Thursday, September 22, 2016

Lamborn, Guest, and the Bunco Steerers

The location of Chandler Lamborn's farm
In the last post we saw two articles telling tales of attempted swindling aimed at MCH resident David E. Eastburn. These occurred in July and November of 1888, with the earlier article referencing another successful ploy targeting a different MCH farmer. Since the bunco steerers (gosh I love that term) failed with Eastburn, it was unclear as to what exactly their plan was. But now, thanks to the research ability of Donna Peters (contributor of the first articles), we not only have a detailed account of the heretofore briefly mentioned incident, we have another story that appears to involve the same con artists. And although the new incident didn't take place in Mill Creek Hundred, it does end up having connections both to Mill Creek Hundred and (sort of) myself.

We'll get to the new story in a moment, but first let's catch up and find out exactly what happened to Chandler Lamborn. All we knew from the Eastburn article was that three days after failing with him, the swindlers succeeded in taking $500 from Lamborn. They left the area soon thereafter. The article below gives a detailed account of just what went down that day. It appeared the same day as the Eastburn article, July 14,1888, but in a different paper, the Wilmington Every Evening. It was all a complex scheme to get the 71 year old Lamborn to gather a substantial amount of money together so that they could steal it, literally, right out of his hands.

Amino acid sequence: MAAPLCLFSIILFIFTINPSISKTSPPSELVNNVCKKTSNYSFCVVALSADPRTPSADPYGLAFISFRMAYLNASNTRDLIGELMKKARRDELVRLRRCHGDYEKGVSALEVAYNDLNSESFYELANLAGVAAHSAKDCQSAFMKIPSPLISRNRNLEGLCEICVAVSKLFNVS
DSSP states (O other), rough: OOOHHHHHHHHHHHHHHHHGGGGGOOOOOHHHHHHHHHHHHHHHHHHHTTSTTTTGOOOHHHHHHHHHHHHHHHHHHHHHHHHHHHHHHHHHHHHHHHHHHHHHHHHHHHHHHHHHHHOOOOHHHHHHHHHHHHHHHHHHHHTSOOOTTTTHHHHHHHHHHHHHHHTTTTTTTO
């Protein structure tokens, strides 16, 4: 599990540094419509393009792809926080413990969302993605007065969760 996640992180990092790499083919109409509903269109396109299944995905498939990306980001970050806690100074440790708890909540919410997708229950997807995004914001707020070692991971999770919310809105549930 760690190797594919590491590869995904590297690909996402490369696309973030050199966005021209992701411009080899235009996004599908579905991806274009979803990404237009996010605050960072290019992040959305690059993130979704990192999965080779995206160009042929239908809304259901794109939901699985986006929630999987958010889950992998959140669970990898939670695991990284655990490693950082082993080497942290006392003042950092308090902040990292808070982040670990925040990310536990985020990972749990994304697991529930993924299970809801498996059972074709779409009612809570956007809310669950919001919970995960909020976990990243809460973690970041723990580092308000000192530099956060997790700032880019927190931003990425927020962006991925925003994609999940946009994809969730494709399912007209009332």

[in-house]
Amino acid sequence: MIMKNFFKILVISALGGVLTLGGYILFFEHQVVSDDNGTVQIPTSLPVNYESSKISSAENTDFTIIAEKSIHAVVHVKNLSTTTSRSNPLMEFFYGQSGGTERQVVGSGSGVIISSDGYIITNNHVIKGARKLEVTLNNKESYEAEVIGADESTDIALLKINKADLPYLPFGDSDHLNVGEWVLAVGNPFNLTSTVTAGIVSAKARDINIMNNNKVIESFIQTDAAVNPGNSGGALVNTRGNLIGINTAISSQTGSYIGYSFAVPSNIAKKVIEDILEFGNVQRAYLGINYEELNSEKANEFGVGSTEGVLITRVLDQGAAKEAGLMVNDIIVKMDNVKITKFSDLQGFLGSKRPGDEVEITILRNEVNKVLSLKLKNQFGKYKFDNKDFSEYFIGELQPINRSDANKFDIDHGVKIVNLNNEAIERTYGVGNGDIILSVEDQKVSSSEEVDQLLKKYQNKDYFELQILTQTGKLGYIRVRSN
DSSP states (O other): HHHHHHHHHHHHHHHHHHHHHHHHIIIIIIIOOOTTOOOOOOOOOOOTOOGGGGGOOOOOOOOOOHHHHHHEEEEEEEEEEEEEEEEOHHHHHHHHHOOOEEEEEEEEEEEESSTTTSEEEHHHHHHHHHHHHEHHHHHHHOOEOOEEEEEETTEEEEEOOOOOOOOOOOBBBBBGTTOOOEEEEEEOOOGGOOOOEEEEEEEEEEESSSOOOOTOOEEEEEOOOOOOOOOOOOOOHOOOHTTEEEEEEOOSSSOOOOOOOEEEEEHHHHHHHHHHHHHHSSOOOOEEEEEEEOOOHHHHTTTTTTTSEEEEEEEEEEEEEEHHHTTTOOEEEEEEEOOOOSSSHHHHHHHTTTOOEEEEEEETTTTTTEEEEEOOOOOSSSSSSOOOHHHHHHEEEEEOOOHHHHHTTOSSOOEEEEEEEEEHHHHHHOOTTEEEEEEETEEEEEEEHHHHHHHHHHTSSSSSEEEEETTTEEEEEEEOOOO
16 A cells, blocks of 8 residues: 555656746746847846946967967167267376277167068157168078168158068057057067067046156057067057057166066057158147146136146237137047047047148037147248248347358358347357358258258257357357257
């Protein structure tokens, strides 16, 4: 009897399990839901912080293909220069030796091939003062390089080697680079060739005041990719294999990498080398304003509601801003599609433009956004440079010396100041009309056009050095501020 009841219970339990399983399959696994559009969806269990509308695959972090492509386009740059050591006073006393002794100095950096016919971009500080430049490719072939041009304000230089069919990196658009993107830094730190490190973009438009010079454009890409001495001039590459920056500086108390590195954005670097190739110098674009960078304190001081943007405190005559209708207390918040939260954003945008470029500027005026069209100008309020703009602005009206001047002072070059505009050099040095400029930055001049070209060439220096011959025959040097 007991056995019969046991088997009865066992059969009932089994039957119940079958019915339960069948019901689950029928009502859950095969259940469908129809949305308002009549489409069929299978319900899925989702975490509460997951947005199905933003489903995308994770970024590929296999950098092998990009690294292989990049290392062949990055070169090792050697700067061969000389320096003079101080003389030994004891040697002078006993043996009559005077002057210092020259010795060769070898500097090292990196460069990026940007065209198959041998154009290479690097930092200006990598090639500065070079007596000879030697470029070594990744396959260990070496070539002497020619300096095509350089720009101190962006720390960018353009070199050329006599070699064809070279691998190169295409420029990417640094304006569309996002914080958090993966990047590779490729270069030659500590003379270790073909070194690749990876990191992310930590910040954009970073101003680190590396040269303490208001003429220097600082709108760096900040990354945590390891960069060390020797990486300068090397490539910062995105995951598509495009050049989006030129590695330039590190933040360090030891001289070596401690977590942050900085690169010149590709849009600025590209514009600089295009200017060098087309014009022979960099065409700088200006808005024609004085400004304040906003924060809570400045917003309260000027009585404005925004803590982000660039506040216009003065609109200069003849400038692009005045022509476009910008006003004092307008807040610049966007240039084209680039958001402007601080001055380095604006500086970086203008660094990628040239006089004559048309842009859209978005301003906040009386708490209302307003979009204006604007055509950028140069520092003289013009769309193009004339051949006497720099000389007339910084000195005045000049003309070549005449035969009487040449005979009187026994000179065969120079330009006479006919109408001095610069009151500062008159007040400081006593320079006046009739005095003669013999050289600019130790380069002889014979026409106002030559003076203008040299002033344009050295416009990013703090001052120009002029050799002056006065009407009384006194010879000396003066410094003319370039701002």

Wednesday, September 21, 2016

The Attempted Scamming of David Eastburn

David E. Eastburn
It's an unfortunate fact of life that as adults in the world today, we're (hopefully) all very aware of the existence of con artists. Nowadays they can approach you in many ways, whether it's via phone calls (usually during dinner), emails from important-sounding foreigners, or their frightening-sounding presidential campaign commercials. In the 19th Century, however, they mostly had to do it the hard way -- in person. I'm sure there were things like fraudulent newspaper ads then, too, but in 1888 if someone wanted to separate you from your money or possessions, they usually had to do it face to face.

One consequence of this is that the con artists and criminals of the time had to pick their prospective targets more carefully. Unlike today's scammers who can blast out to thousands or millions their claims of fast riches, unlikely enhancements, or impractical walls, the cons of yesteryear had to spend time on their marks. Therefore, they'd want to find someone worth targeting. And in 1888, apparently someone (or someones) thought that Mill Creek Hundred's David Eastburn was a worthwhile target. Two separate newspaper articles from that year (graciously supplied by Donna Peters) detail shady interactions with him.